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When’s the last time an American had a significant impact on the hobby? Here in the US, we have a bad habit of just assuming whatever we’re doing is the best thing ever.
I would say after Shep Paine, the next big step forward came from Francois Verlinden, whose weathering techniques and development of resin as a viable material through the 80s and early 90s laid a lot of the groundwork for modern modeling. Now, yes, Verlinden Productions did move the US in the mid-90s. I mean, when’s the last time Verlinden made a splash? We call our baseball championship the World Series when its anything but.
But there are economic factors at play there that (I hope) most of us can at least understand at a surface level. I mean…how many still worship at the altar of Shep Paine?
Or seem to live in the past, when Monogram kits were the greatest things ever?
Some decals need very warm water to work, others don’t care, and still others fall apart in the increased temperatures. And that little blog post idea light bulb started blinking above my head. Spend any amount of time in the online modeling community – on forums, on Facebook, You Tube, blogs, wherever, and you’ll see it pop up. While nothing could be further from the truth (I will tell you what and how , what would I do with that bizarrely niche power?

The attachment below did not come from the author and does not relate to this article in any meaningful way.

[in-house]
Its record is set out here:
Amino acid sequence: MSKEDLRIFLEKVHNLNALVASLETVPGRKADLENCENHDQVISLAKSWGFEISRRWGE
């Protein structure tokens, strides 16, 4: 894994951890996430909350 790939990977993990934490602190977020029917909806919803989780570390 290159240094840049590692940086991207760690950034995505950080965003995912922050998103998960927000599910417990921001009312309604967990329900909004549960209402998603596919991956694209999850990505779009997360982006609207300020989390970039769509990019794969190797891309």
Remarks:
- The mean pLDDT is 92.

Perhaps modeling is one of those things that is innocuous enough that passionate discussion can be poured into it without stirring larger pots? But in a lot of these things, once we got there, we stagnated.I can only think of two or maybe three resin players in North America that I’d put on a level with the rest of the world.Most of the others seem stuck at a quality level dating to the 80s.Or air conditioners – again the US pioneered central HVAC, but it’s extremely hard to retrofit ducted AC systems into buildings that aren’t built with them, and so in much of the rest of the world more space and energy-efficient ductless AC systems have been adopted. Does not being beholden so much to “the way things was” open up room for that ingenuity and risk-taking? Since then, I’ve had a soft spot for the awkward floatplane.So when Kitty Hawk announced they would be making a new-tool Kingfisher – and in 1/32 scale no less! When sprue shots and reviews started coming in, I was still thrilled.